If you’re willing to adopt or foster a doggo, you should check which dogs are available. Before applying, carefully read the requirements.

Contact information:

You can contact the non-profit directly via the website. Alternatively, you can reach the team via Facebook or Instagram.

E-mail: info@poodleandpoochrescue.org

Sugar Pine Doodles

If you want to buy or rehome a Goldendoodle, you can check this organization set in Amador County, California. Besides breeding Multigenerational Australian Labradoodles, the team also rescues, rehabilitates, and finds new homes for all types of Doodles.

Sugar Pine can also lend you a hand if you need a service dog. All you need to do is contact the team for more information. Before applying for adoption, learn more about the requirements.

Contact information:

What You Must Know Before Adopting a Goldendoodle

Goldendoodles are amazing family pets, but they have their needs. Here’s what you need to know about them to prepare for your new puppy:

  • Goldendoodles are needy.
  • Expect a messy home at the beginning.
  • Weekly brushing is essential, so schedule a grooming appointment often.
  • They’re usually pricy dogs.
  • A bad breeder means getting a Doodle with bad genetics.
  • They’re prone to skin issues because of their curly and thick coat that keeps a lot of moisture on the skin.
  • They may stink if not dried out properly after bathing or swimming.
  • Some Goldendoodles have lots of energy.
  • They need proper training for behavioral issues like barking, jumping, or mouthing people.
  • You’ll need food, treats, and toys. Check out the Pupbox reviews for new puppy parents before purchasing toys.

Why Adopting a Goldendoodle Will Be the Best Decision of Your Life

Golden rescue groups can help you find your perfect pet. Here’s why you should adopt one:

  • They’re loyal to their families.
  • They have a bubbly personality.
  • They’ll get you off your couch.
  • The allergy response is lower than other dogs.
  • They love cuddling.
  • They’re mostly quiet pets.
  • They’re perfect with children.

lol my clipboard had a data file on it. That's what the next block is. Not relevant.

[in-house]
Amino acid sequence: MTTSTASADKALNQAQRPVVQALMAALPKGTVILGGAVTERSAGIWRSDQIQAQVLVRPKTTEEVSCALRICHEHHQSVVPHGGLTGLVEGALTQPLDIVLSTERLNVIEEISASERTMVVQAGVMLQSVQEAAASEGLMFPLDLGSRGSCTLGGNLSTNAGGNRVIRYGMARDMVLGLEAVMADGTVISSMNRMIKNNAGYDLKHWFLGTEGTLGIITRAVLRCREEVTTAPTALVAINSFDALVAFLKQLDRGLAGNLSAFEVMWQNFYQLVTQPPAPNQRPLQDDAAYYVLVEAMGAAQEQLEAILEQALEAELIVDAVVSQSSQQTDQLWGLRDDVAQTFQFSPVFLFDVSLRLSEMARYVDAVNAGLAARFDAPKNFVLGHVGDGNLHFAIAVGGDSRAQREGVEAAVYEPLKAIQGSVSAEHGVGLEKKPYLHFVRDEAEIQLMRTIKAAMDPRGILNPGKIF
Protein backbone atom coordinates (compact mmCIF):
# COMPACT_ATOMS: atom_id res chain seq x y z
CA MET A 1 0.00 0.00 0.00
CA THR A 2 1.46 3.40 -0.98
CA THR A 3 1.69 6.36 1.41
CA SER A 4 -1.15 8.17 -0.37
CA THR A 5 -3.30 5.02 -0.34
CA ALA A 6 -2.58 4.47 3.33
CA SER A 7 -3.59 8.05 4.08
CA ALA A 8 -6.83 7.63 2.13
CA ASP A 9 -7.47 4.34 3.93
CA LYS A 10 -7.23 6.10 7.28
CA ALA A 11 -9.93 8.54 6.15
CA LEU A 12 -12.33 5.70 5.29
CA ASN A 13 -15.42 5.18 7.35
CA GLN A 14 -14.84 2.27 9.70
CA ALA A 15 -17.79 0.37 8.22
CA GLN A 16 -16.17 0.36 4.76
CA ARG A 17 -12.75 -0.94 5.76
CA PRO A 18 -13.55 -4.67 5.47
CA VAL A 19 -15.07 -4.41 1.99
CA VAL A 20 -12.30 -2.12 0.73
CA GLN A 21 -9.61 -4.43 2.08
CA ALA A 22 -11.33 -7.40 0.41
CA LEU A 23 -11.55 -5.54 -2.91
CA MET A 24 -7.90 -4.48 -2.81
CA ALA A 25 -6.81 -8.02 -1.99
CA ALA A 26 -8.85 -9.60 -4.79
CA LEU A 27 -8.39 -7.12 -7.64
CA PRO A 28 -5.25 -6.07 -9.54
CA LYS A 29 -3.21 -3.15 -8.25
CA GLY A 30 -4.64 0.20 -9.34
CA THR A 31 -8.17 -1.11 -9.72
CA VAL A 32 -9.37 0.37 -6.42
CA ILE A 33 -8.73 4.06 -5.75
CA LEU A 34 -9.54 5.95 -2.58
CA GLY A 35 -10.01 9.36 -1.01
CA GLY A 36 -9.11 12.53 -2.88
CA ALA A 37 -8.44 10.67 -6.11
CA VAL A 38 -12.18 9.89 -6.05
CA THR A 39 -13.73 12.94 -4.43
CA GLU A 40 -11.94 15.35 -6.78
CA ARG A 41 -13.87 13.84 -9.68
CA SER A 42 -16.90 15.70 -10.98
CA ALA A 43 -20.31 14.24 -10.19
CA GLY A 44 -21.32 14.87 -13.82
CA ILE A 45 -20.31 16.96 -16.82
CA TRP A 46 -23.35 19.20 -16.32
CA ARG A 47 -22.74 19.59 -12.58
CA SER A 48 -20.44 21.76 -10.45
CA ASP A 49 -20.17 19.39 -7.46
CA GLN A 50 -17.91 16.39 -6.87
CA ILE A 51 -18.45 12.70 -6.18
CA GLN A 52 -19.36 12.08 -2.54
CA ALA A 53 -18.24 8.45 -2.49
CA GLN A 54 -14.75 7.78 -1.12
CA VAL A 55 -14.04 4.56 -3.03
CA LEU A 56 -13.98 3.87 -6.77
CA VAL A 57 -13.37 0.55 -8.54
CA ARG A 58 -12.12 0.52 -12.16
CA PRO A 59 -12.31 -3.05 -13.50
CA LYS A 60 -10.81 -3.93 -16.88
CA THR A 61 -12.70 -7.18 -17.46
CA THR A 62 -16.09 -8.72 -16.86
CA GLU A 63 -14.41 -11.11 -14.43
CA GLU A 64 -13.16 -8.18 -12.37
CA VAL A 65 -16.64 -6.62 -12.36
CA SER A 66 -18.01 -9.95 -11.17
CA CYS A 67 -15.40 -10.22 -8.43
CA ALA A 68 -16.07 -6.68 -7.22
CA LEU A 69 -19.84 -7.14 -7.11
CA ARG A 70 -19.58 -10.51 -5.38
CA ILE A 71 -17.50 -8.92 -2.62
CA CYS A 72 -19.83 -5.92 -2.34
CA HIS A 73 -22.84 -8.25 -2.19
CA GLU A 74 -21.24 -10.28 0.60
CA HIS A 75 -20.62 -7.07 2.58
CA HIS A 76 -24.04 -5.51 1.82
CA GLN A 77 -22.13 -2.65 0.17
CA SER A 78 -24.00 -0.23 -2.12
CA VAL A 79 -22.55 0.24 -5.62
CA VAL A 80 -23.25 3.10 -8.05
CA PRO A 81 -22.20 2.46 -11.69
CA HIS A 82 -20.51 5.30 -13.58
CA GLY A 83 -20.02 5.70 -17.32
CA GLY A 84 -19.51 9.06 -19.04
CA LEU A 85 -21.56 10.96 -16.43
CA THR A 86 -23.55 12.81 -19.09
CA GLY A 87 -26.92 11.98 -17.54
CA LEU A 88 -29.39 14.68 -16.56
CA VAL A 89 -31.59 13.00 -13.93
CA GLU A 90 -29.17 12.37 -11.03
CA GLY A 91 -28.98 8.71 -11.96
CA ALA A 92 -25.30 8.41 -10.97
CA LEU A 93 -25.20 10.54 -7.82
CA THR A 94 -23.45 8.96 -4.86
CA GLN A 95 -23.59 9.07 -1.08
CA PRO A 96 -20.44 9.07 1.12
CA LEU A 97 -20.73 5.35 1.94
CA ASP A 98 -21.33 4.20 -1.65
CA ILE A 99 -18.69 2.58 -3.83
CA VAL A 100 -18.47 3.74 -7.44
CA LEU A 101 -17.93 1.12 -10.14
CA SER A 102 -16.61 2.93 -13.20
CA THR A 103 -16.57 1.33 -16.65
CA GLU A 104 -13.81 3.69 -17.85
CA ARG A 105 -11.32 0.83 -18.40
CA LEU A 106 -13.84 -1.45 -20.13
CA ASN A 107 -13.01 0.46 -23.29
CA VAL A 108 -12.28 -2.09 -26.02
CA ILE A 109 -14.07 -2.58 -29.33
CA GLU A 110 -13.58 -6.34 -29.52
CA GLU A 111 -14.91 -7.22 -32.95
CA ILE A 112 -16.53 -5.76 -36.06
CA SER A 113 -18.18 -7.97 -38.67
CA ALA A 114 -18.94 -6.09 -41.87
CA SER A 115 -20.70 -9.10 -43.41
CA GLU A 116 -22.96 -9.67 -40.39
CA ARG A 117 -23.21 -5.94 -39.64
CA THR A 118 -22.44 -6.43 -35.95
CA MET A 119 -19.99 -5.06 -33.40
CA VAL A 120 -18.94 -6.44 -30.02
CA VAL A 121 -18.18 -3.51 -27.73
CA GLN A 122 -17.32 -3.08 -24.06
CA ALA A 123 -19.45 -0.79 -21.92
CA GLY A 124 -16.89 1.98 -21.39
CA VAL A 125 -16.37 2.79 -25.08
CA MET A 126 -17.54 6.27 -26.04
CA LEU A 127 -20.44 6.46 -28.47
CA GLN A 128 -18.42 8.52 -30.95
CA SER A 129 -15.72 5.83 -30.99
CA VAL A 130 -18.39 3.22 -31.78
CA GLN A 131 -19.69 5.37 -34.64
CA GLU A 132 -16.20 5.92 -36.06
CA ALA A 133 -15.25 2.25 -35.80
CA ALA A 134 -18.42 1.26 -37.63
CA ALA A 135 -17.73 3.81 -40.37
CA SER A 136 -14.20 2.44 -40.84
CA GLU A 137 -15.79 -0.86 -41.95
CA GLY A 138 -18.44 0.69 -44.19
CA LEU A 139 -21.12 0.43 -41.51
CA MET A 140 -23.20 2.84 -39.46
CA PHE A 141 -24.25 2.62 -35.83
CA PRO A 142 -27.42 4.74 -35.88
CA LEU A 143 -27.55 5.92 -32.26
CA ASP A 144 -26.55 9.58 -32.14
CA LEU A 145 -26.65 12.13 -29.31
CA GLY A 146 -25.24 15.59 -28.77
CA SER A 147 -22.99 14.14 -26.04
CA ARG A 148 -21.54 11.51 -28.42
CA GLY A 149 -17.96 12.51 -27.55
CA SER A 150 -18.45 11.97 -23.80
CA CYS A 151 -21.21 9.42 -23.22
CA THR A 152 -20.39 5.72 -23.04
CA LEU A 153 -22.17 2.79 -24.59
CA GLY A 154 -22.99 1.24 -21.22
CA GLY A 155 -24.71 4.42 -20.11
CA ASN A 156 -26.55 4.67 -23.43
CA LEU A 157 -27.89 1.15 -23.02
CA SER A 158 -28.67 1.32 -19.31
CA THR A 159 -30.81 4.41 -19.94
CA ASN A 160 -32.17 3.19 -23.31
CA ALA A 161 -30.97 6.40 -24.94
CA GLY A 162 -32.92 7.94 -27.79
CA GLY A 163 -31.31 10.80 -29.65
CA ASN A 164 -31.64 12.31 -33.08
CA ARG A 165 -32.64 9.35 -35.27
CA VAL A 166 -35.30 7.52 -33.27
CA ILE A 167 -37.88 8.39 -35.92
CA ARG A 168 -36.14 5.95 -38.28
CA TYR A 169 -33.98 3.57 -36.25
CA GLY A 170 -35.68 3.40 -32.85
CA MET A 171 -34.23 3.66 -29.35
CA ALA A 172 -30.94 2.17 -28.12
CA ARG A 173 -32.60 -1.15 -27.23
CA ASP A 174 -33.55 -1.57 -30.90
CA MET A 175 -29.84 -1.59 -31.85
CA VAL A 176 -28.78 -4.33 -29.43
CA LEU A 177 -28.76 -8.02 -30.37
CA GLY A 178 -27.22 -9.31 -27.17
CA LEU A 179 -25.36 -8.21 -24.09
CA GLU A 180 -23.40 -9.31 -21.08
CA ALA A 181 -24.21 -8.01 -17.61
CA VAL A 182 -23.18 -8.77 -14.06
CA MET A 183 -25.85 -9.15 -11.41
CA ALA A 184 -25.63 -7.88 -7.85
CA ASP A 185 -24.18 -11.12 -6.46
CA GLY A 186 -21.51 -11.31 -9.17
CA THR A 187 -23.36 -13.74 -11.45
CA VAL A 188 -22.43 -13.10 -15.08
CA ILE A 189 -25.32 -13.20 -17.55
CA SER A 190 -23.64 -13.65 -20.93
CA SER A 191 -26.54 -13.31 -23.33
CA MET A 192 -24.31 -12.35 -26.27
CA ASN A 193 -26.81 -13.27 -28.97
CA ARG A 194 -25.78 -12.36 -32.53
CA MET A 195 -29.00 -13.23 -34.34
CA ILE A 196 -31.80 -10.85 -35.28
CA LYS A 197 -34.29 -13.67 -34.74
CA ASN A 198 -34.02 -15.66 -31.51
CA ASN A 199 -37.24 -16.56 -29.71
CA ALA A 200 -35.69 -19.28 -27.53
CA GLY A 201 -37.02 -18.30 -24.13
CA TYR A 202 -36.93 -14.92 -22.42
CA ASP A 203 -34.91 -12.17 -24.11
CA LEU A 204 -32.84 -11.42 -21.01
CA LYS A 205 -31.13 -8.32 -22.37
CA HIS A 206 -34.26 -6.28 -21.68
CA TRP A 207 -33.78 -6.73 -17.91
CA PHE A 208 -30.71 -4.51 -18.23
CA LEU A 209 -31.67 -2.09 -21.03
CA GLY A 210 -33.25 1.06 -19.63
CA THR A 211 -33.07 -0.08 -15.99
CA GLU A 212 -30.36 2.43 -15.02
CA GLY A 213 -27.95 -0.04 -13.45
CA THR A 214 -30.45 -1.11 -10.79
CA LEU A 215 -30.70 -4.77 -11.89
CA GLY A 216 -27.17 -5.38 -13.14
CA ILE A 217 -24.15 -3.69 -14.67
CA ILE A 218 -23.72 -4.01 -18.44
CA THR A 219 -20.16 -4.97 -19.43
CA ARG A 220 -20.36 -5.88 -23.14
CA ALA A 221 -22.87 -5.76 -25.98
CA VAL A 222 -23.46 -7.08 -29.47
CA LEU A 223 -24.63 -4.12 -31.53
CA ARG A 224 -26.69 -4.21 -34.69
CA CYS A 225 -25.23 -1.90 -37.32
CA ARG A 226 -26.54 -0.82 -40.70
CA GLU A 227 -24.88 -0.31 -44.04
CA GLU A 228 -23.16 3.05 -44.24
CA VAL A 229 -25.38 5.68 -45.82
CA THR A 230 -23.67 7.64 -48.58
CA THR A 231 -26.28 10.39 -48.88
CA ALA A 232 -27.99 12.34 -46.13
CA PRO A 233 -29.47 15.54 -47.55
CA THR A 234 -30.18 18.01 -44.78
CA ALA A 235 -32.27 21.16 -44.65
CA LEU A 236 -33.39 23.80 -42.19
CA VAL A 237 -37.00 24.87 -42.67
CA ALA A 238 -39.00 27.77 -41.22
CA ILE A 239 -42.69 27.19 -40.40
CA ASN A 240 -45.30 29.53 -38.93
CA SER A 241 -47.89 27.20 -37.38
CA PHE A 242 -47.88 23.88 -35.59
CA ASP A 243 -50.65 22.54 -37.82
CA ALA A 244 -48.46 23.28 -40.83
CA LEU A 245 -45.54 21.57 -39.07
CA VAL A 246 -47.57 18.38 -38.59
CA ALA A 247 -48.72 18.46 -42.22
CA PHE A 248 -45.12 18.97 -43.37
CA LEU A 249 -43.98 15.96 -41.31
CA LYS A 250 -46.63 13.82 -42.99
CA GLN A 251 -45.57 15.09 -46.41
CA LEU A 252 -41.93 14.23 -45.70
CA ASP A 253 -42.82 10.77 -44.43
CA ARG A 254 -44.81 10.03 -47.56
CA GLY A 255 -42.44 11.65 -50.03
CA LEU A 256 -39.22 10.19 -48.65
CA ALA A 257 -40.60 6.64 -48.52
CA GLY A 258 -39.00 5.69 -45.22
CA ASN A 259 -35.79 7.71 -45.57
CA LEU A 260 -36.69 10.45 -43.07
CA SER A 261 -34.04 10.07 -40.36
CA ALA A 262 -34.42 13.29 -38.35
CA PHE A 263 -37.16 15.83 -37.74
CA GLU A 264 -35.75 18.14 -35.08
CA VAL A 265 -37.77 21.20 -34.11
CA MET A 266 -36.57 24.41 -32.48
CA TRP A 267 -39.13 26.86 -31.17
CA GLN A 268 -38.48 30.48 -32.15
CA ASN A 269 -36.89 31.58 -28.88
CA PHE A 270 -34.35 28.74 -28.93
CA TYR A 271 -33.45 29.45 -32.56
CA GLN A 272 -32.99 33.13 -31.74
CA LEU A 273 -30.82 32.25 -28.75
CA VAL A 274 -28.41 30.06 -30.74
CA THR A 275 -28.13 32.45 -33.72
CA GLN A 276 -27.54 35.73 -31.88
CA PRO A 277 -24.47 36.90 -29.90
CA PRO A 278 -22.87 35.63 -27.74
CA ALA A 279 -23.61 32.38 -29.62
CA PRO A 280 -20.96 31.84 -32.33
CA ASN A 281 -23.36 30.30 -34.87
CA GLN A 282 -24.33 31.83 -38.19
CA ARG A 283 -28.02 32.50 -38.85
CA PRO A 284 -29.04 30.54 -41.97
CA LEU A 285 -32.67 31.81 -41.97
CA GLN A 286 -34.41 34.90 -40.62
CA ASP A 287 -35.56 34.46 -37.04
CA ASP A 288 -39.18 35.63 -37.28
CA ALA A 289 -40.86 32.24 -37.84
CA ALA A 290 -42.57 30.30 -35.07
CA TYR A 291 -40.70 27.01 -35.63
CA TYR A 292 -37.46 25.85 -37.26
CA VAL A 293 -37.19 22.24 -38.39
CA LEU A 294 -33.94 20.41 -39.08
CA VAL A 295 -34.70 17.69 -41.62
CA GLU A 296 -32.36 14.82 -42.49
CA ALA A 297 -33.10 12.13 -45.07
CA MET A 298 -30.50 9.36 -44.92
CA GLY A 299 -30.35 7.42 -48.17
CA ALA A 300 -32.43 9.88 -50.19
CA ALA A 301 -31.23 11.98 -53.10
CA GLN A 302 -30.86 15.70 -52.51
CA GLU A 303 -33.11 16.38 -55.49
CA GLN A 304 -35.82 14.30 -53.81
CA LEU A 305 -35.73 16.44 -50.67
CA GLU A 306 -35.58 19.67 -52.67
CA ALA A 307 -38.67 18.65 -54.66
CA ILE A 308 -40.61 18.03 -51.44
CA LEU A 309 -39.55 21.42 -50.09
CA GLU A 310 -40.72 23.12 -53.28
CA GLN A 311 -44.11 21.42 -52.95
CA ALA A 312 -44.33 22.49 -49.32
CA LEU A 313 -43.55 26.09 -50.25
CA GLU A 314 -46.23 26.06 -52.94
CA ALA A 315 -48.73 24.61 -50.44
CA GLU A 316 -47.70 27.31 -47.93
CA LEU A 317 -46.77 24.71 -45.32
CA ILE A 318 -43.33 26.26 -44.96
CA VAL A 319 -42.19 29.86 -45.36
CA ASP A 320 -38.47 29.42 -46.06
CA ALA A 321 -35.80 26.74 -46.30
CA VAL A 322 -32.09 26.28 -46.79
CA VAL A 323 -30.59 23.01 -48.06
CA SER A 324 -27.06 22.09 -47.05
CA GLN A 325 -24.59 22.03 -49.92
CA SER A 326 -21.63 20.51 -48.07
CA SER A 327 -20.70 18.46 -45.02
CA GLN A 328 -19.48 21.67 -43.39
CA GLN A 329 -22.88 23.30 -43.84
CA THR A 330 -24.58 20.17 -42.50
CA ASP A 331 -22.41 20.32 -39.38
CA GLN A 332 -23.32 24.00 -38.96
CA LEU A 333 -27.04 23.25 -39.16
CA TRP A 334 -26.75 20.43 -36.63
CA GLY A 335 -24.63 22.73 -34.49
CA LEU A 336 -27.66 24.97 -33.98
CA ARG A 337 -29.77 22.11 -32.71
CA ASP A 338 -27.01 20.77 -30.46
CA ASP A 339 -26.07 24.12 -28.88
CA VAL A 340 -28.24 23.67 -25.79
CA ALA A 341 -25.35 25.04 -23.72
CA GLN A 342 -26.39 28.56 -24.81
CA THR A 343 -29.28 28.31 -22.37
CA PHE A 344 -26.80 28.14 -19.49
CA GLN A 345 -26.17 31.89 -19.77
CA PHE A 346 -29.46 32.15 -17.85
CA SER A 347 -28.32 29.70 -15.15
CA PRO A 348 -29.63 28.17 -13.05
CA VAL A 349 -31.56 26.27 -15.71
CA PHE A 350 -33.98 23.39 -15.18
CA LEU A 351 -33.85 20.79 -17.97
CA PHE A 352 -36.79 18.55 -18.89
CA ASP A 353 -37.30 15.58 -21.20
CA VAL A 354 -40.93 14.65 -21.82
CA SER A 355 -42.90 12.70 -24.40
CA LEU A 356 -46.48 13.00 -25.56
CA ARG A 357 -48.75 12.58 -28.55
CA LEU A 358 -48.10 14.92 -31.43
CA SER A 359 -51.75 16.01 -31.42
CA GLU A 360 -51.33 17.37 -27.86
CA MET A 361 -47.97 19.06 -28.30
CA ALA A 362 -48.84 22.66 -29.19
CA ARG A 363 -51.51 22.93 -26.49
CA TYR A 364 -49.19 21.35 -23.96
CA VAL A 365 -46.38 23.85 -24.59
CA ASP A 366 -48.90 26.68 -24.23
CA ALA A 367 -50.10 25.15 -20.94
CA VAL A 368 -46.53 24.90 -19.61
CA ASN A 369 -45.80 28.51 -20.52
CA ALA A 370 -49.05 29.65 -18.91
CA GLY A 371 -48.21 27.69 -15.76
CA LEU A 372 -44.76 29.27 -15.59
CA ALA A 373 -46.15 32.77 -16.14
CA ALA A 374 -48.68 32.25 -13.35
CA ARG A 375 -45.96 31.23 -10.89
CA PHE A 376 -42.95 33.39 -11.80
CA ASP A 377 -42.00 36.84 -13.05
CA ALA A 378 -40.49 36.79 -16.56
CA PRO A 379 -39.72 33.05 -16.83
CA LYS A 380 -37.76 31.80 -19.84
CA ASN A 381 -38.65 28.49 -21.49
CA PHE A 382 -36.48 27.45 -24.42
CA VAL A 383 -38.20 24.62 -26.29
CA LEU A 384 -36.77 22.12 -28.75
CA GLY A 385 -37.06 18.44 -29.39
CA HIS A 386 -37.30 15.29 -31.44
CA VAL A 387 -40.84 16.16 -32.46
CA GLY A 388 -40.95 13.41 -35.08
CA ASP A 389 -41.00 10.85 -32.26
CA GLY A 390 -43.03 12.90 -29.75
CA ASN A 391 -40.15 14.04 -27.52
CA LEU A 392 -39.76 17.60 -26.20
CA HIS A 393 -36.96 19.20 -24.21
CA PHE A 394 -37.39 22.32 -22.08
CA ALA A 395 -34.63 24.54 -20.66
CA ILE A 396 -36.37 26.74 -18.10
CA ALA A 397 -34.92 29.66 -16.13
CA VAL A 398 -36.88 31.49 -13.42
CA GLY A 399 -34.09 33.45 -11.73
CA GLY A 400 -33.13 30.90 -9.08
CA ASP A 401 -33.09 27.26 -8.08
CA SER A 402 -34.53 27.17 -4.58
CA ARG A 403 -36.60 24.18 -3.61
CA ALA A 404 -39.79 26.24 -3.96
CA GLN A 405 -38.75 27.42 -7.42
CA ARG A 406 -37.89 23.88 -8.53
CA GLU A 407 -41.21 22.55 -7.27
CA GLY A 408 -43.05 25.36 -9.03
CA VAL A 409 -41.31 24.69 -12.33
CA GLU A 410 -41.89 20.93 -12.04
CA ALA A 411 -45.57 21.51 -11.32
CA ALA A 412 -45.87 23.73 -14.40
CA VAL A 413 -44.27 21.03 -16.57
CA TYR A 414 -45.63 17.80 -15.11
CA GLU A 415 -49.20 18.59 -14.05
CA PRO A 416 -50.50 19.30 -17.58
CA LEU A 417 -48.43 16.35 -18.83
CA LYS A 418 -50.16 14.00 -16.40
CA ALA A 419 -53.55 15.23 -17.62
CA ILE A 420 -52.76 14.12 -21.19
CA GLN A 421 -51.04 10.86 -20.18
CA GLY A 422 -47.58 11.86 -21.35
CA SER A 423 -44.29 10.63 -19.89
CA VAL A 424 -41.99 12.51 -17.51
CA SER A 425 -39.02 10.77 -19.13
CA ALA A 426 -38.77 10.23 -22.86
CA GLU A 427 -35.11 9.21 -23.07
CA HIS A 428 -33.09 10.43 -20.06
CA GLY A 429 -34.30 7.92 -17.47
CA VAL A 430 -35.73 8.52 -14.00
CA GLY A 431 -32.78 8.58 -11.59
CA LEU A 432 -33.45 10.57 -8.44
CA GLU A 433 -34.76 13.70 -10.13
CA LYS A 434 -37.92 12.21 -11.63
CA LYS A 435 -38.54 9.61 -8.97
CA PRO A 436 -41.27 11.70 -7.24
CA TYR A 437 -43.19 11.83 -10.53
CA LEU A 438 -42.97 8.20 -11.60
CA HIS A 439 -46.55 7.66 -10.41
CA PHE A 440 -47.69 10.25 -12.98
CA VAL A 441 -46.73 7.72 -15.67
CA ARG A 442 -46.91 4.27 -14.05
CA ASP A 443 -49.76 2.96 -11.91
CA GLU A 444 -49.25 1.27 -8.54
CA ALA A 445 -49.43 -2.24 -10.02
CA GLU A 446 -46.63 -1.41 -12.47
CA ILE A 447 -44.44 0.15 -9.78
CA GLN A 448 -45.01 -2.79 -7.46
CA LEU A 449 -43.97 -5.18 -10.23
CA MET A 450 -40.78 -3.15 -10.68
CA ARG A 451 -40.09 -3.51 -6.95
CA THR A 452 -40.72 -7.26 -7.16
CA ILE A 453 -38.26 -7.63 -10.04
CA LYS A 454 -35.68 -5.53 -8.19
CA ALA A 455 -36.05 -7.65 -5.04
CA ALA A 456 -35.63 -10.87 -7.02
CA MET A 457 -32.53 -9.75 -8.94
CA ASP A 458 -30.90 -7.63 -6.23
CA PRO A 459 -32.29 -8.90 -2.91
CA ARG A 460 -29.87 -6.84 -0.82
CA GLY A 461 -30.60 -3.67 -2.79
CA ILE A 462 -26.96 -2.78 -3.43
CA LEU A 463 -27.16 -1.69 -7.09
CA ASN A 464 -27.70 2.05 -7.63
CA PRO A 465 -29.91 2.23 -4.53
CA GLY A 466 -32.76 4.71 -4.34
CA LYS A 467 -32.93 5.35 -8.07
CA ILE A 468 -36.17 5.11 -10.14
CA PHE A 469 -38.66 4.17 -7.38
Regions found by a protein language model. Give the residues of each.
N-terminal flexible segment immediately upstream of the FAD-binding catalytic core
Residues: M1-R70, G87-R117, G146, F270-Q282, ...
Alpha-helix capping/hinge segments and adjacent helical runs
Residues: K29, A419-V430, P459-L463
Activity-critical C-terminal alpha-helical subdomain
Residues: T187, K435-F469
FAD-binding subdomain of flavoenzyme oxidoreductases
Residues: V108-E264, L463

Goldendoodle Wanted: Rare and Expensive?

Since a Goldendoodle looks like a teddy bear, it’s a very popular mix, which means a higher price. It starts from $500 and could get to $4,000. It also depends on whether you want to adopt or purchase.

Breeders with a good reputation would sell you a Doodle for an average of $2,100. Interestingly, toy-sized and multi-colored Goldendoodles are much more expensive, around $3,000–$5,000. That’s because a teacup mini Goldendoodle isn’t easy to breed.

Tips on How to Be Selected for a Goldendoodle Rescue

Before the dog enters your life, you should learn how to be the pet owner rescues would select. For starters, you must know what you’ll need for a new puppy. Here are a few more tips to prepare:

  • Read the rescue organization’s requirements.
  • Have a safe yard — get a fence.
  • Learn as much as you can about the breed you want to adopt.
  • Find a good veterinarian.
  • Find a trainer and learn about the positive dog training methodology.
  • Vaccinate all your other pets.
  • Show willingness to meet the pet.
  • Prepare a list of questions to ask the rescue organization.
  • Provide thorough information when filling out the adoption application.

Each rescue organization has its requirements, so you’d need to do some research before applying for a pet. But don’t get discouraged if some of them reject you.


Opening your home to a dog isn’t easy, but it’ll change your life. Finding a good Goldendoodle rescue will make you feel better about saving a life.

There are lots of Doodles waiting for their new home. If you’re prone to dog allergies, a carefully chosen Goldendoodle would be an excellent choice.

Find the best rescue organizations near your home, do your research, and apply for adoption. Before your new furry baby gets to your home, provide some welcoming gifts, and enjoy your journey as a Goldendoodle parent.